Crawling into Croatia


I awoke to a misty morning in the Slovenian countryside. It was the 1st November, and the eeriness from Halloween seemed to linger. I had a comprehensive breakfast in the simple and comforting guesthouse where I was staying. Not longer after, I set off on foot with the aim of crossing into Croatia and making it to the city of Rijeka, on the Istrian coast, by the end of the day.

Initially setting out on foot along the main road and through the non descript village of Podgrad, soon my google maps route veered off into woodland and a rocky and windy path. My mind started to wonder as to whether there were any bears in the woods. It then jumped to the thought that I would soon be crossing into Croatian territory, according to the dot on my map. I wondered if there would be a formal border. There had been nothing when crossing into Switzerland, Italy or Slovenia, so I was preparing myself to have to do a border crossing, celebratory jig based on the dot on my maps crossing the border line on google.

However all of a sudden a very clear, foreboding fence, crowned off with barbed wire, imposed itself upon me. It looked serious. I assumed it had been erected to prevent migrants heading West from Croatia into Slovenia and beyond. If it could have spoken it would have loudly bellowed, ‘You Shall Not Pass.’ In spite of its domineering nature, there was a very clearly space for a rucksack and a scrawny Stokie to squeeze under.

I took 5 minutes or so to consider my options. I could go back on myself and return to the main road and head into Croatia at the inevitable formal roadside border crossing. This would involve a good 10km extra mileage. Or I could crawl underneath. My dramatic brain wondered if a sniper might appear out of the woods and shoot me. In the final judgement, the risk of getting shot seemed worth it for the sake of saving 10kms in the legs. Maybe I just liked the idea of crawling into Croatia.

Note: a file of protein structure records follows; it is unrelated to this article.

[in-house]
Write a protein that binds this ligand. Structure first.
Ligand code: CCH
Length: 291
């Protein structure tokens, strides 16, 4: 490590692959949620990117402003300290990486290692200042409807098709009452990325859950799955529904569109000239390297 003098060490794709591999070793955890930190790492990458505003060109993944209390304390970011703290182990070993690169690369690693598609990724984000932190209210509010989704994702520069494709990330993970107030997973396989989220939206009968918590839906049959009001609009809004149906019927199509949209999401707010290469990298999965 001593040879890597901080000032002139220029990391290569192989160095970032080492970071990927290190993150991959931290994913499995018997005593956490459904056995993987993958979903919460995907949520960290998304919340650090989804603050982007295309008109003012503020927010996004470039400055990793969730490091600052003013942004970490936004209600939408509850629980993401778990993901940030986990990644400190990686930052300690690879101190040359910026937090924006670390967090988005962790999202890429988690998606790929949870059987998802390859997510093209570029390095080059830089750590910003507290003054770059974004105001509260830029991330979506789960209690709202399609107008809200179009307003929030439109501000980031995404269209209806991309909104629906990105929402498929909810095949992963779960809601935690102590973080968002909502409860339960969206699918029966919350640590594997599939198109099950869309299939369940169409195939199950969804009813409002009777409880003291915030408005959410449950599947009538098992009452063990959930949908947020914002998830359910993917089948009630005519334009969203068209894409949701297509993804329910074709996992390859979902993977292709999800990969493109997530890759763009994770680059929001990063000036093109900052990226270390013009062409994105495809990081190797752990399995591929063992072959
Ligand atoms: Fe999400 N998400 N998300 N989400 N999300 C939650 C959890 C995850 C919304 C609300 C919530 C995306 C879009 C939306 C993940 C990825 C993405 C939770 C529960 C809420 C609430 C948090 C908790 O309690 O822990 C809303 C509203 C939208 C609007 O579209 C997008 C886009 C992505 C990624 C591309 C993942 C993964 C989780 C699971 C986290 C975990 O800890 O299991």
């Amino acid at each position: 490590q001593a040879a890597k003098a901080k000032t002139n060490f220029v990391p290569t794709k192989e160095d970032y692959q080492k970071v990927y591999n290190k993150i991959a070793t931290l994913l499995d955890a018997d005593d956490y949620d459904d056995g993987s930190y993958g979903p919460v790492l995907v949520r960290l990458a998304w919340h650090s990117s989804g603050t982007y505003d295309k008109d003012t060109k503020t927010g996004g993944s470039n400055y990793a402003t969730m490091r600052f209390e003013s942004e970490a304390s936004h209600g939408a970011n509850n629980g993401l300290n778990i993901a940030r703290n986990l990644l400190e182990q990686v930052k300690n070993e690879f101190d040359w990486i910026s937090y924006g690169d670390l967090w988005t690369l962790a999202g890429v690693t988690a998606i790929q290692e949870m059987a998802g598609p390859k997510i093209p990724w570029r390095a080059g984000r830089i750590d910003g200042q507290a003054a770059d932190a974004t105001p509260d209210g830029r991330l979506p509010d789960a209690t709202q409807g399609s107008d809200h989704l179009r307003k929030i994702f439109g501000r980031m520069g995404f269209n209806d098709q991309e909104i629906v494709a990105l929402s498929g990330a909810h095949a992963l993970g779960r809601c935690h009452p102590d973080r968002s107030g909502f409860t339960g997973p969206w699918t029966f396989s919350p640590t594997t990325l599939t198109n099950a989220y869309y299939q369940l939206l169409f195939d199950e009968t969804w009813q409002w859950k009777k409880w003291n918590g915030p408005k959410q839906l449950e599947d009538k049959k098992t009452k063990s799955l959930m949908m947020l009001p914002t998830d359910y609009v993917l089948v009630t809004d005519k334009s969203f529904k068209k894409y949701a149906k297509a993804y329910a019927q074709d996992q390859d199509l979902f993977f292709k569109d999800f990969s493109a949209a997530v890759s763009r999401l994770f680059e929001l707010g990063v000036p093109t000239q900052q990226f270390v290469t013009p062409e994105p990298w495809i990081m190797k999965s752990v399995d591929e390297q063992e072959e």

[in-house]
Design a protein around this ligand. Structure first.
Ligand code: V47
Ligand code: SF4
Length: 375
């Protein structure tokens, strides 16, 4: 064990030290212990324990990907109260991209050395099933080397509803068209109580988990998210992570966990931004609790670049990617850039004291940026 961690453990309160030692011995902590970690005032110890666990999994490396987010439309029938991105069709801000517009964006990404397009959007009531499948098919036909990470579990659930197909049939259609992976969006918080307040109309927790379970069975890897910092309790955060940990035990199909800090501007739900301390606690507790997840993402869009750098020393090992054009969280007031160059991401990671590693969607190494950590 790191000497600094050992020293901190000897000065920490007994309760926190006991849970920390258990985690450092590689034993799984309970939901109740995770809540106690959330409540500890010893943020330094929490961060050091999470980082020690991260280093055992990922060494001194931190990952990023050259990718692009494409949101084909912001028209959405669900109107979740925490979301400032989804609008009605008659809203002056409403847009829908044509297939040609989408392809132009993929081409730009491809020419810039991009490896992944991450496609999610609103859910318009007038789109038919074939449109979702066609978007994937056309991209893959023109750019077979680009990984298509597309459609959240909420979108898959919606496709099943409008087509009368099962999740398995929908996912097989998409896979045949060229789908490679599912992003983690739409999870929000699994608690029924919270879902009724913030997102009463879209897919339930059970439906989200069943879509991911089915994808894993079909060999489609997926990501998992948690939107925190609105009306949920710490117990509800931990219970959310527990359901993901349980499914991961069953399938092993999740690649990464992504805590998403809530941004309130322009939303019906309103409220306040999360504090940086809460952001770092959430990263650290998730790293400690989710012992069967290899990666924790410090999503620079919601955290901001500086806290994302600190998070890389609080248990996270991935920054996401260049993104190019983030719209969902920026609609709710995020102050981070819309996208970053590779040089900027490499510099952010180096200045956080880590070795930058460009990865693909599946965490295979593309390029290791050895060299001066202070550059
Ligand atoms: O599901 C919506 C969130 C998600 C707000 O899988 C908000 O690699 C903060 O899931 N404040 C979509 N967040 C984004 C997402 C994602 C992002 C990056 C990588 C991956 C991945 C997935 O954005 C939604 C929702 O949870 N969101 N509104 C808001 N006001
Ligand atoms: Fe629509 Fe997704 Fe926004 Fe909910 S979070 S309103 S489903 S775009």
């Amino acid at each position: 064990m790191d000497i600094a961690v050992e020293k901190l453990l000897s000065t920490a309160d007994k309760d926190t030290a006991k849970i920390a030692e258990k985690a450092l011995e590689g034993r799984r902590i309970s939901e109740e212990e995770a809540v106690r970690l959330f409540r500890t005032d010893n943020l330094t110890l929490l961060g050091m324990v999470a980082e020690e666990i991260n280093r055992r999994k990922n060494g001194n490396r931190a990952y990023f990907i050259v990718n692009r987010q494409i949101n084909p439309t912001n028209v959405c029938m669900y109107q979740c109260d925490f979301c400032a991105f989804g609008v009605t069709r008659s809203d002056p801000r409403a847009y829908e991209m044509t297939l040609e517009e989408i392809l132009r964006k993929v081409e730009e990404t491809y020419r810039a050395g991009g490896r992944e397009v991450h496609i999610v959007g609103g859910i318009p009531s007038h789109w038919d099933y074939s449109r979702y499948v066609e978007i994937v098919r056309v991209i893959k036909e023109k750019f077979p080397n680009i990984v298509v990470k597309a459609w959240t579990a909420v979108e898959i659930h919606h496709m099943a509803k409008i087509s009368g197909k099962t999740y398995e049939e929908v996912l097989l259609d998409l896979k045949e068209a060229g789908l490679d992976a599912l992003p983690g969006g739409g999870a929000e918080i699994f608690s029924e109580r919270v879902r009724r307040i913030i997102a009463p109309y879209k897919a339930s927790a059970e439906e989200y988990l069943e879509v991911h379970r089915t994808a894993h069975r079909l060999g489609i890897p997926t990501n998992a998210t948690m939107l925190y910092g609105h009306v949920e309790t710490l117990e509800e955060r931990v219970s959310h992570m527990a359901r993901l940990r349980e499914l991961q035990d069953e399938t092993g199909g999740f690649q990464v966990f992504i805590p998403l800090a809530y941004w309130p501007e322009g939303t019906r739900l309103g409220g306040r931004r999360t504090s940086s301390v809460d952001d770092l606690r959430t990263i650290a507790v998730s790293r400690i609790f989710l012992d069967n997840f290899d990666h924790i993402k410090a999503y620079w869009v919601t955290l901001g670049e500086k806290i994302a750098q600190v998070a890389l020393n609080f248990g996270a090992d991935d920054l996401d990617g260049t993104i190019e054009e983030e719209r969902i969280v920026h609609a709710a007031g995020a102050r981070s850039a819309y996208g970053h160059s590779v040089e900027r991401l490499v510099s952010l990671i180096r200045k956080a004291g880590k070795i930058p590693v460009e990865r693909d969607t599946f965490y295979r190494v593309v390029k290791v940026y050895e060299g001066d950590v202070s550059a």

Anyway, crawl into Croatia was what I decided to do. I dusted myself down, put my rucksack on my back and continued along the woodland path, which now had a green border fence running along to my left. Soon after I thought I saw a figure running into the woods a hundred yards or so ahead. At least that it is what I thought I saw, however I think it may have been my mind playing tricks on me.

             The mist remained, as did the eerie atmosphere. Arriving in Vele Mune, the first village I came across in Croatia, did not bring an end to this eerie feel. I didn’t see a single soul. However what was very clear was an information board stating that the village had been destroyed and used as a labour camp in 1944. I sat in the village’s bus stop eating chocolate and bread with tears in my eyes. In the distance on the edge of the village, people with flowers were arriving at the local cemetery, commemorating All Saints Day. It felt like grief was all around me and it felt that I’d been brought back down to earth with a sudden thud. My view of my journey as a joyful skip through Europe on foot suddenly felt naïve.

             Conscious that Rijeka was 30kms away, I thought I best get a move on and I felt grateful to put the ghost village of Vele Mune behind me. Shortly after continuing on foot, a white escort van with two people in it  pulled in on the road in front of me. An ordinary looking man spoke to me out of the window,

‘Do you need any help?’ he asked.

‘No, I’m ok, I’m just travelling on foot to Rijeka.’

His tone changed to a more demanding one, ‘We are police, we need to see your passport.’

Surprising myself with my assertiveness I responded, ‘I’m not showing you anything unless you show me a badge.’ There was nothing indicating they were police.

One of the men duly showed me a badge. I rummaged into my rucksack as we stood outside the back doors of the van, mindful of the fact that I was close enough to be in the back of it with a single push. Looking for the passport, I was conscious that I was twitchy and nervous, and that this was making my passport harder to find. Once I had located it, I presented it to them. They appeared happy with what I had shown and allowed me to go on my merry way. I felt an appreciation that I had been born in a country where I was perceived as less suspicious, whilst simultaneously confused and conflicted that this was the case and wondering why we had decided to revalue our passports through leaving the EU.